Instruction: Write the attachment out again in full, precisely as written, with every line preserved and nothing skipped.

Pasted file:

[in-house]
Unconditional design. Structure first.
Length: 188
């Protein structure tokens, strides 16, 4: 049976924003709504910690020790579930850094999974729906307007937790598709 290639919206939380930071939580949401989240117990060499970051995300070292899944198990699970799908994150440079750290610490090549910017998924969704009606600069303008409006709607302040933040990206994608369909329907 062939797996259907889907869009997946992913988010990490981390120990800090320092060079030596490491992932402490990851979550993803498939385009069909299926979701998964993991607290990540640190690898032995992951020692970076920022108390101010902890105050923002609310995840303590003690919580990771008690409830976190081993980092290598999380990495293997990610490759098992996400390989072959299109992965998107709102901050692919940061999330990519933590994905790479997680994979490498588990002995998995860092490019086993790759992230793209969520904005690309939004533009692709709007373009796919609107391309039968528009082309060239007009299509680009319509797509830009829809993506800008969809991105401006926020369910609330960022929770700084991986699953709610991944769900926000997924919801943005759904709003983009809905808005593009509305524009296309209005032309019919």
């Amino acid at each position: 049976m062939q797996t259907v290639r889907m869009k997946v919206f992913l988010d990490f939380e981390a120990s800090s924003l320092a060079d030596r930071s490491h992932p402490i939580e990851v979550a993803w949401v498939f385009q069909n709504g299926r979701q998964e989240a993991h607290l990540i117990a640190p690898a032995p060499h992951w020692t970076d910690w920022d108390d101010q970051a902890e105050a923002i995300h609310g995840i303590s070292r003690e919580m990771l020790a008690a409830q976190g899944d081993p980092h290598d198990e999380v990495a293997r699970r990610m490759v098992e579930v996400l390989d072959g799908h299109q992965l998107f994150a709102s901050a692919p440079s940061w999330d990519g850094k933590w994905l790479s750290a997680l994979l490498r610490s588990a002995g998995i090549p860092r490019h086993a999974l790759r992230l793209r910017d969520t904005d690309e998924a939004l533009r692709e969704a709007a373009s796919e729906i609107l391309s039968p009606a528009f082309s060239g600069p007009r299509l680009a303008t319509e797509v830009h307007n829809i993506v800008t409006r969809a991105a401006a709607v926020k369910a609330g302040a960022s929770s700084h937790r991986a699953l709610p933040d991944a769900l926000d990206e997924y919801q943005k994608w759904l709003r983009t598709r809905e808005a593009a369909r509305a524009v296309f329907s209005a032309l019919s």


[in-house]
Unconditional design. Structure first.
Length: 188
């Protein structure tokens, strides 16, 4: 049976924003709504910690020790579930850094999974729906307007937790598709 290639919206939380930071939580949401989240117990060499970051995300070292899944198990699970799908994150440079750290610490090549910017998924969704009606600069303008409006709607302040933040990206994608369909329907 062939797996259907889907869009997946992913988010990490981390120990800090320092060079030596490491992932402490990851979550993803498939385009069909299926979701998964993991607290990540640190690898032995992951020692970076920022108390101010902890105050923002609310995840303590003690919580990771008690409830976190081993980092290598999380990495293997990610490759098992996400390989072959299109992965998107709102901050692919940061999330990519933590994905790479997680994979490498588990002995998995860092490019086993790759992230793209969520904005690309939004533009692709709007373009796919609107391309039968528009082309060239007009299509680009319509797509830009829809993506800008969809991105401006926020369910609330960022929770700084991986699953709610991944769900926000997924919801943005759904709003983009809905808005593009509305524009296309209005032309019919």
């Amino acid at each position: 049976m062939q797996t259907v290639r889907m869009k997946v919206f992913l988010d990490f939380e981390a120990s800090s924003l320092a060079d030596r930071s490491h992932p402490i939580e990851v979550a993803w949401v498939f385009q069909n709504g299926r979701q998964e989240a993991h607290l990540i117990a640190p690898a032995p060499h992951w020692t970076d910690w920022d108390d101010q970051a902890e105050a923002i995300h609310g995840i303590s070292r003690e919580m990771l020790a008690a409830q976190g899944d081993p980092h290598d198990e999380v990495a293997r699970r990610m490759v098992e579930v996400l390989d072959g799908h299109q992965l998107f994150a709102s901050a692919p440079s940061w999330d990519g850094k933590w994905l790479s750290a997680l994979l490498r610490s588990a002995g998995i090549p860092r490019h086993a999974l790759r992230l793209r910017d969520t904005d690309e998924a939004l533009r692709e969704a709007a373009s796919e729906i609107l391309s039968p009606a528009f082309s060239g600069p007009r299509l680009a303008t319509e797509v830009h307007n829809i993506v800008t409006r969809a991105a401006a709607v926020k369910a609330g302040a960022s929770s700084h937790r991986a699953l709610p933040d991944a769900l926000d990206e997924y919801q943005k994608w759904l709003r983009t598709r809905e808005a593009a369909r509305a524009v296309f329907s209005a032309l019919s």